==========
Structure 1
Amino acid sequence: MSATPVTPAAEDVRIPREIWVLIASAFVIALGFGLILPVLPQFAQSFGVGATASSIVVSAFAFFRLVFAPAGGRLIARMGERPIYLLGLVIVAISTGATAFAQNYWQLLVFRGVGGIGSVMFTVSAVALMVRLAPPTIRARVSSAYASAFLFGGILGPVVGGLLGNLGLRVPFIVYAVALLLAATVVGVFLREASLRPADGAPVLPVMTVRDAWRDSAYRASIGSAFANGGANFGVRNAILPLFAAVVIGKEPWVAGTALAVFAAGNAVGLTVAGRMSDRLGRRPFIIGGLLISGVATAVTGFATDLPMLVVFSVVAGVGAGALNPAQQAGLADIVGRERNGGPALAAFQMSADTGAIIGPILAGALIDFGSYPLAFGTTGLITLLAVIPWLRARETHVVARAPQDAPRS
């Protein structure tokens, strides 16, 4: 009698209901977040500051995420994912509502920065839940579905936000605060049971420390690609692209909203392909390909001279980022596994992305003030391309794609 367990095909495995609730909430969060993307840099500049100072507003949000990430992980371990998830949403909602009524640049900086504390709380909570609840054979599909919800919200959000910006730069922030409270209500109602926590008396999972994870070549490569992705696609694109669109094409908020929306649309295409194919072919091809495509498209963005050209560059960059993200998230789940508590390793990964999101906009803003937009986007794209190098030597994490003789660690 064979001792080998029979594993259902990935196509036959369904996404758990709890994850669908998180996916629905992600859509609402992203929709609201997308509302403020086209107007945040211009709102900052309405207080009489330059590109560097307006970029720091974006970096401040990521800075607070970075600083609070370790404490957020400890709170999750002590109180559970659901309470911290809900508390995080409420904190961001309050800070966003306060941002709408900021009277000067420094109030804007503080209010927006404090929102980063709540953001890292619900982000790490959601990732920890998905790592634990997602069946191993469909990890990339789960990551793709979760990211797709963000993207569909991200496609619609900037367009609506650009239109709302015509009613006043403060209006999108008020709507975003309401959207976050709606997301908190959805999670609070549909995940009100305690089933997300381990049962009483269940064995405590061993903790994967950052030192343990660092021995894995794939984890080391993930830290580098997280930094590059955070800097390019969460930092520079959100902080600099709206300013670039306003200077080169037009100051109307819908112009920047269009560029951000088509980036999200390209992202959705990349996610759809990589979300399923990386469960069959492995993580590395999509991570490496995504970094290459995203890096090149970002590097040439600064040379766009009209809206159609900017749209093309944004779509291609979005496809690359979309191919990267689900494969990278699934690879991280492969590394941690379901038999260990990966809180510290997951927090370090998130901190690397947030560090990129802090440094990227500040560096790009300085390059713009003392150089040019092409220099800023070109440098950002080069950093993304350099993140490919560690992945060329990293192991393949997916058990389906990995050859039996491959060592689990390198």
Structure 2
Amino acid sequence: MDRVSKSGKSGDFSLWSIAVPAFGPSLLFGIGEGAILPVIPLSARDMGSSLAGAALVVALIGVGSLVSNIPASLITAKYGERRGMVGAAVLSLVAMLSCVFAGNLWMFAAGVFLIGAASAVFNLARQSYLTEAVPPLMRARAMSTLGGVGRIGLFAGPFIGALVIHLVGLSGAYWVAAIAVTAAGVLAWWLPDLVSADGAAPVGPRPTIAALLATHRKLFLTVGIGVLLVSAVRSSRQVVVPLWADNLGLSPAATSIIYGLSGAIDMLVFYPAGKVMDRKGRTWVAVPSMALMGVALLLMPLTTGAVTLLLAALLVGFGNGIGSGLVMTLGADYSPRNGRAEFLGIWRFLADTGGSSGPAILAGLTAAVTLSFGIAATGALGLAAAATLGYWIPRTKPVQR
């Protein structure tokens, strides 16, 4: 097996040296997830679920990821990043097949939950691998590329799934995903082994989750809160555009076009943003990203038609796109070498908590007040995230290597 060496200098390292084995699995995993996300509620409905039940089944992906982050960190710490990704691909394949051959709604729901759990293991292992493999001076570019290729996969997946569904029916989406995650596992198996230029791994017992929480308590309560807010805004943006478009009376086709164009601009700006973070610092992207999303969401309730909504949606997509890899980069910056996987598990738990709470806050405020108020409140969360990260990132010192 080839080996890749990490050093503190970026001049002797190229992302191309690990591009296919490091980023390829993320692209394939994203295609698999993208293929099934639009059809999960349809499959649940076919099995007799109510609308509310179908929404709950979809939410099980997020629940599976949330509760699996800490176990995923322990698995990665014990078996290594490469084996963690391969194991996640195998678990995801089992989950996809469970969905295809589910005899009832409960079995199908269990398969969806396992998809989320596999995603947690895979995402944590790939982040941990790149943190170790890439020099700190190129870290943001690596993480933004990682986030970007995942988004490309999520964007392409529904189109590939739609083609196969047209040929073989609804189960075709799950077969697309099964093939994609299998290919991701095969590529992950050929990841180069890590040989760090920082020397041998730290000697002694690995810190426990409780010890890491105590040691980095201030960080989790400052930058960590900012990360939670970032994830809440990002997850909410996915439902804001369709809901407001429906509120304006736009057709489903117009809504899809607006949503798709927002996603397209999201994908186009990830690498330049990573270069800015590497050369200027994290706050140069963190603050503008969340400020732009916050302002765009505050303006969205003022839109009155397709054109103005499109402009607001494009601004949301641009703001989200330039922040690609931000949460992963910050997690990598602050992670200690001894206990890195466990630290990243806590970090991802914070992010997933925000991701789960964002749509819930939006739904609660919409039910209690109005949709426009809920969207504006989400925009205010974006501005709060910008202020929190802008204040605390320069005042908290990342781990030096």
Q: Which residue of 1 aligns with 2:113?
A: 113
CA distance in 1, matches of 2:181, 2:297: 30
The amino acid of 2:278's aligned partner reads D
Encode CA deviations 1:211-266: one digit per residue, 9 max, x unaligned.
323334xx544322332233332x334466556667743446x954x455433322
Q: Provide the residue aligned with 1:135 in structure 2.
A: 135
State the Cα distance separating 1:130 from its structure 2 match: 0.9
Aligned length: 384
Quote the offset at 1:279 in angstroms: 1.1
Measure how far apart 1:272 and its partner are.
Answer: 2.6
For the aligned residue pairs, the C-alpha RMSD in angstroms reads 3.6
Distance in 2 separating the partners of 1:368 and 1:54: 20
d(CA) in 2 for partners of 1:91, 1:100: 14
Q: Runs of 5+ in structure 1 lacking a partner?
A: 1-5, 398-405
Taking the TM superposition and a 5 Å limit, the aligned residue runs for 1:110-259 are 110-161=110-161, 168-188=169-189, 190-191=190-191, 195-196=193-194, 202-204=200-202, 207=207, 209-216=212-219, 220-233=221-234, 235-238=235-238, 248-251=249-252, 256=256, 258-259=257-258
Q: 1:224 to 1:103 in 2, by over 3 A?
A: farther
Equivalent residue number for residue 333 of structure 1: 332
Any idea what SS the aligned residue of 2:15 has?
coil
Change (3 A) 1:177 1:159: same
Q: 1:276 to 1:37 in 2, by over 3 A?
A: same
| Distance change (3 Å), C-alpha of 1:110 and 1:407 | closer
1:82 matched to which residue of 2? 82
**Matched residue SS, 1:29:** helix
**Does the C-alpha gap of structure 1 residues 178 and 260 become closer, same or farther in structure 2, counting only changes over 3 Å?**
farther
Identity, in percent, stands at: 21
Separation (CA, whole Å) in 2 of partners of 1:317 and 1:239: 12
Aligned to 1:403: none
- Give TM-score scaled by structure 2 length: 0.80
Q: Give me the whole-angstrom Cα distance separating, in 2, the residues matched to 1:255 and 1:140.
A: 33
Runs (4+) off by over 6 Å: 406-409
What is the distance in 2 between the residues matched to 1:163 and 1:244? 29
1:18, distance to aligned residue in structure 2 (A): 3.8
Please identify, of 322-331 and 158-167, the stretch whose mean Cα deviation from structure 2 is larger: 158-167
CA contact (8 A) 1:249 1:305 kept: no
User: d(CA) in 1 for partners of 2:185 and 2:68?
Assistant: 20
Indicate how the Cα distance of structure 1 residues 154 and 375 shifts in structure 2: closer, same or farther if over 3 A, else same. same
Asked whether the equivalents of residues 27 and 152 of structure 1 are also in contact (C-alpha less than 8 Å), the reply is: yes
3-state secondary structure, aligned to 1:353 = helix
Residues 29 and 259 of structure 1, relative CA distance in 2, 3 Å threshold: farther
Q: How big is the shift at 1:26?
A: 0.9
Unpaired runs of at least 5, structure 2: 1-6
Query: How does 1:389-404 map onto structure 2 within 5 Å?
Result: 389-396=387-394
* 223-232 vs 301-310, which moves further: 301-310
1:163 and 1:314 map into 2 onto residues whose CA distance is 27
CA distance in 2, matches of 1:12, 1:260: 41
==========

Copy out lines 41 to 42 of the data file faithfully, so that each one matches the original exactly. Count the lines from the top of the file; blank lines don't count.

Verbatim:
Aligned to 1:403: none
- Give TM-score scaled by structure 2 length: 0.80